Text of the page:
These sieves may be had in box sets provided with a lid and receiver, thus retaining the dust. The student will find that, when dealing with an ore which clogs the meshes, the operation of sifting is much hastened by placing in the sieve along with the ore two or three small copper coins ; if copper be harmful, discs of some other metal may be employed. The student is reminded finally that he must be absolutely certain of the cleanliness of all reducing and sifting apparatus before proceeding to crush a sample of ore.
GENERAL FITTINGS, APPARATUS, ETC.
The following list of headings, though by no means complete, includes the most important of the smaller pieces of apparatus necessary in the assay laboratory.
Crucibles.—These are made of various materials, and are known as “ Clay,” “ Graphite,” “ French Clay,” “ Hessian,” etc.
“Clay” Crucibles.—Those are best suited for the assays of gold, silver, lead, and tin ores. In the selection of a crucible for a particular assay, the nature of the charge must be taken into consideration : for a basic charge a basic crucible should be chosen, and vice versa. The student will note that when fusing certain charges in these crucibles it is necessary that some substance, such as silica, be added to protect the crucible. Experience will prove to him that with some ores a crucible may serve for three or four fusions, whilst with other ores it may barely serve for one. The cause of this may be discovered by the exercise of a little reasoning, based on the student’s general knowledge of chemistry. Figures 81 and 82 show the round and triangular forms of these crucibles. The round form is perhaps the better, and convenient sizes for the student’s work are those marked D, E, F, G,—D being the smallest and G the largest of the four mentioned. For ordinary purposes a good crucible should be infusible at a bright red
heat : test a chip for half an hour in a strong fire ; the edges should not be rounded. It should also stand sudden changes of temperature : test by sudden heating and cooling. It should also be not too permeable: test by filling with water, and comparing the rate of permeability with that of a good crucible.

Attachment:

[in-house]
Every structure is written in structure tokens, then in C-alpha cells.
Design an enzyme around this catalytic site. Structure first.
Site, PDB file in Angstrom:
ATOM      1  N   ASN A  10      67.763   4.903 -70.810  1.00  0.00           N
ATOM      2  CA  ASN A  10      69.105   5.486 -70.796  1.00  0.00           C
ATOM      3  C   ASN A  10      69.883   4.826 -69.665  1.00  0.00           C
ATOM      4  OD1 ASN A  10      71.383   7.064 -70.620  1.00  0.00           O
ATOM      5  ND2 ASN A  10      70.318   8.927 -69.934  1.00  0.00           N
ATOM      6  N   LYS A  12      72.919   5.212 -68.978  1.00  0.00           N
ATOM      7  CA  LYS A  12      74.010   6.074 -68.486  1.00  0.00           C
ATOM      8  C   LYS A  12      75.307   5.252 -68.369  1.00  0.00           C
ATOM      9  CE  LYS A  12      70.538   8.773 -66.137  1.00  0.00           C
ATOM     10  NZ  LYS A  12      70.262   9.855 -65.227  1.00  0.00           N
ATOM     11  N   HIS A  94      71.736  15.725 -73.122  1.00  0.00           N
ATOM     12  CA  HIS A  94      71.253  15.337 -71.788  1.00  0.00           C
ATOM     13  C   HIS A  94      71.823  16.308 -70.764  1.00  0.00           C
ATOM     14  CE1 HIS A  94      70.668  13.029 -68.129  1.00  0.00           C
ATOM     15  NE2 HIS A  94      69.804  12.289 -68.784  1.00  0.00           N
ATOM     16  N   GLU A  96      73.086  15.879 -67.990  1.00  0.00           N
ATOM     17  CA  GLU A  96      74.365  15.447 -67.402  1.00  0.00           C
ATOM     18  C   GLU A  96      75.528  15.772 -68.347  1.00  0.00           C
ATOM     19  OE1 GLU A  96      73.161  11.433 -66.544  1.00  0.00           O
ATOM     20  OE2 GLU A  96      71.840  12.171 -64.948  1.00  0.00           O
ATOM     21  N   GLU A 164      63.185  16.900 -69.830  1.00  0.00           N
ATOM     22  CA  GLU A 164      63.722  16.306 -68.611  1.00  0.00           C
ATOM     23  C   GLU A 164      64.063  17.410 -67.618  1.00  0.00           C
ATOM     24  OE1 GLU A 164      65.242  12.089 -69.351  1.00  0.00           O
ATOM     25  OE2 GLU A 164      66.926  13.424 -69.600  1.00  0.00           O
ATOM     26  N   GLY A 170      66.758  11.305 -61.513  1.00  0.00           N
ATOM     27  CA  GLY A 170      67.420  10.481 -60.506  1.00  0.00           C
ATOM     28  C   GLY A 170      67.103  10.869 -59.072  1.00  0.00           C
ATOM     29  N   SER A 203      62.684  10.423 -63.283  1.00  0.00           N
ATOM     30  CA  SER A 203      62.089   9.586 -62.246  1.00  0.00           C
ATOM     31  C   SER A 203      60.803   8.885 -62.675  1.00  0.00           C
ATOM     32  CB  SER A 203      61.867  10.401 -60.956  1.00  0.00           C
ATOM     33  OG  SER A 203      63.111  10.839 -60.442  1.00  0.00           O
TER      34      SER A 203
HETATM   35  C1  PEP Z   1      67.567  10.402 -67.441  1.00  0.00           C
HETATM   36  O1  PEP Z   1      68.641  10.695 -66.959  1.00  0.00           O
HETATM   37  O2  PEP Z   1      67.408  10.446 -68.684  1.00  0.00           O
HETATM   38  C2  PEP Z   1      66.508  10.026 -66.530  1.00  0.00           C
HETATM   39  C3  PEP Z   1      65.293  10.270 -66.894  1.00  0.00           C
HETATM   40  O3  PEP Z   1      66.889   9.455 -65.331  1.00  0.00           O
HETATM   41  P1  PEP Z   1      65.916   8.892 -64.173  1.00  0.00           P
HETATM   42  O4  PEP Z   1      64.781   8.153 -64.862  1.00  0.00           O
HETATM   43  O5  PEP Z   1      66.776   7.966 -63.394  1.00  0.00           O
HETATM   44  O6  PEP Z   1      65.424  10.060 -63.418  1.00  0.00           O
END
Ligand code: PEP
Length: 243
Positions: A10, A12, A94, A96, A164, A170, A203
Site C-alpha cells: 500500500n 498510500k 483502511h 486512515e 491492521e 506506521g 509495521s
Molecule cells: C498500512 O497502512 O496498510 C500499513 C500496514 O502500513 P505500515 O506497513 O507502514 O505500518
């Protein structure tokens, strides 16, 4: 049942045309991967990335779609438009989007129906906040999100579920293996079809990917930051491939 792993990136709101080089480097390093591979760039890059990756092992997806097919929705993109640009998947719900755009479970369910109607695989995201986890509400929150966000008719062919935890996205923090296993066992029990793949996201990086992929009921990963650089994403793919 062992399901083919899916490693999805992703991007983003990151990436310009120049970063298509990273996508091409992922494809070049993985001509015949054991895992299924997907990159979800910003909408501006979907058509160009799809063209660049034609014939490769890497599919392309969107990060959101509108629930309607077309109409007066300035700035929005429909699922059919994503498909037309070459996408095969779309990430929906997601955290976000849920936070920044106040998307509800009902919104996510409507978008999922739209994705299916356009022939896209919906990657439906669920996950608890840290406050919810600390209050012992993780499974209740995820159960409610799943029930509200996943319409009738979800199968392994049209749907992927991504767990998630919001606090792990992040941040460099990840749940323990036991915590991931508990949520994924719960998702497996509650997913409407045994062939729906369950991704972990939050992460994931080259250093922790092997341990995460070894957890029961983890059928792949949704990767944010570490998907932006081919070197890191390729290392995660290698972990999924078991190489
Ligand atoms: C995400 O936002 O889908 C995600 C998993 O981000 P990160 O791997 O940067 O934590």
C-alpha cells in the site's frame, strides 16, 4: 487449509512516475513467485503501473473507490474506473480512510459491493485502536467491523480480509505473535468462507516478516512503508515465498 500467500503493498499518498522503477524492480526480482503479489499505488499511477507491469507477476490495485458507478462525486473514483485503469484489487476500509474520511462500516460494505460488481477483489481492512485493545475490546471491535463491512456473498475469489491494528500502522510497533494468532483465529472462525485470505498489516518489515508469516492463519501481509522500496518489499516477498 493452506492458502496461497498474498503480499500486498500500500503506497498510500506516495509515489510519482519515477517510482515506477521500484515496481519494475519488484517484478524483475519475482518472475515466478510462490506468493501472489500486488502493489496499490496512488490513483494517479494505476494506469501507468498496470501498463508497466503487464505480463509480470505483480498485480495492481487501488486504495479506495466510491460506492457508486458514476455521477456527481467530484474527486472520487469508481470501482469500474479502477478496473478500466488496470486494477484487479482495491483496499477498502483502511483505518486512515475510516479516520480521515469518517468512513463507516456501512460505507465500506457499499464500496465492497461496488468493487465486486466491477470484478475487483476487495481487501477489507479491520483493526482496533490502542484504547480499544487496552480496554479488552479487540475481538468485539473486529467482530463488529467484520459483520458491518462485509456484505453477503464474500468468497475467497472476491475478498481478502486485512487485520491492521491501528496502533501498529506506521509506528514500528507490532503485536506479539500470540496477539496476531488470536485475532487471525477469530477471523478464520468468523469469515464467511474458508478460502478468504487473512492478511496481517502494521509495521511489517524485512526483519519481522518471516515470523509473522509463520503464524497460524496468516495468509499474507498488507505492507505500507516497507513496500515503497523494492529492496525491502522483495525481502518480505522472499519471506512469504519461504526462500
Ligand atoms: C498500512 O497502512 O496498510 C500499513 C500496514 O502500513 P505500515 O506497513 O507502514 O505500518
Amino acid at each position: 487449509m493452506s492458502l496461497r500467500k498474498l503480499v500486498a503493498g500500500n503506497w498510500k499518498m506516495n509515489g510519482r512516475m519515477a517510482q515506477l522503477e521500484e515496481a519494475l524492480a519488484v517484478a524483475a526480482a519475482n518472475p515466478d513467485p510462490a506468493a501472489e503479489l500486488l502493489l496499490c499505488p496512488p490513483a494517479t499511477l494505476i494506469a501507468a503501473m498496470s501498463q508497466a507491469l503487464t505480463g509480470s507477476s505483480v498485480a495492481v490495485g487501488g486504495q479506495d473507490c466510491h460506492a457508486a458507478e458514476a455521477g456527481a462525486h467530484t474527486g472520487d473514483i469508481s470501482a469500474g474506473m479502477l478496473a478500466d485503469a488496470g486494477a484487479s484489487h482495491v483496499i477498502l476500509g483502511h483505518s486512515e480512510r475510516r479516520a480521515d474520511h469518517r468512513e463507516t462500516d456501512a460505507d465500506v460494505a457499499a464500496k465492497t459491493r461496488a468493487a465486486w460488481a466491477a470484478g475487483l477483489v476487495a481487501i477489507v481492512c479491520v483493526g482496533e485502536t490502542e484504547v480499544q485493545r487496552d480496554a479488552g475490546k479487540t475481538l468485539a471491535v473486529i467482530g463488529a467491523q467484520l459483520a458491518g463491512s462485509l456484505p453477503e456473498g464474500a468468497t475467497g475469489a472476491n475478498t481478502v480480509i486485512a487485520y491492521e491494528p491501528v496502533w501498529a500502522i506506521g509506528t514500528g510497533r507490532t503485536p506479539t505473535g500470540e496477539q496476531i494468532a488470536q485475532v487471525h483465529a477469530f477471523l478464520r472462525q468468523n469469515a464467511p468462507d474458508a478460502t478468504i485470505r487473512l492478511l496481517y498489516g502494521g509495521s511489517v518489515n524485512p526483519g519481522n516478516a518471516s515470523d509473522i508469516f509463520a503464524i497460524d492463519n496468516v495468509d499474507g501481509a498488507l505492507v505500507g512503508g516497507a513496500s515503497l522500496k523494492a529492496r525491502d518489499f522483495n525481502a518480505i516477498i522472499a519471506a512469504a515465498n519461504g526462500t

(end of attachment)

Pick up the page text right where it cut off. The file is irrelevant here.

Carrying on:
Circular lids are provided for the round crucibles, and triangular lids for the triangular form.
French Clay or French Crucibles.—These are more expensive than the ordinary “Clay” variety, and are excellent for the fusion of charges which can be poured. They are manufactured from a mixture of Paris clay and fine sand, and are frequently termed ‘ fluxing-pots.’
Both the “French” and the ordinary “Clay” crucibles may be obtained in a special form suitable for muffle fusions (Colorado crucibles).
The Hessian Crucible is manufactured from a mixture of three parts German clay and one part sand.
The Graphite Crucible in composition consists approximately of a mixture of one to seven parts of clay with three to ten parts of graphite. This crucible will be found serviceable for the fusion of certain metals and alloys.
Strong oxidisers must be added sparingly, if at all, to charges in these crucibles.
Many other kinds and shapes of crucible will be found described in the various text-books on assaying.
Roasting Dishes.—Figure 83 shows in section the form most used. A convenient diameter is from 8 to
12 cm., according to the amount of ore to be roasted. They are usually made from the same clay as crucibles. For roasting quantities greater than 30 grams, iron dishes on top of the wind furnace, if carefully used, are satisfactory.
Scorifiers.—Figure 84 shows in section a form commonly used. The material here, again is a refractory clay. For general work the most convenient diameters are 5, 7, and 10 cm., but for small tests such as the student may wish to perform, 2.5 cm. scorifiers are suitable, taking up little room in the muffle.
It will be noticed that the bottom of the scorifier is thickened. Even with this, ores will be encountered occasionally that corrode completely through between the sides and base.
Muffles.—These are made either of refractory clay or of a mixture of clay and graphite. Those made from clay alone, with care, will be found to answer well. Figure 85 shows the shape commonly adopted.
The “Colorado” muffle is specially designed to receive crucibles, and in section resembles a D lying on its side.
Cupel Moulds and Cupels.—Cupels known as “French Cupels” may be obtained ready for use in boxes of 100 or 144. The student, however, should make his own cupels; in some cases he may even have to prepare bone ash, though this can usually be obtained sufficiently pure.
Figure 86 shows the French cupel, and figure 87 an ordinary form. It is advisable that the upper inner edge of the cupel should be rounded as in a, fig. 88, and not sharp as at b.
This prevents portions of a large button from catching on the sides. To manufacture cupels, moulds are
necessary, and convenient diameters will be 1.8 cm. (for bullion), 2.5 and 3 cm. (for ores). Where a large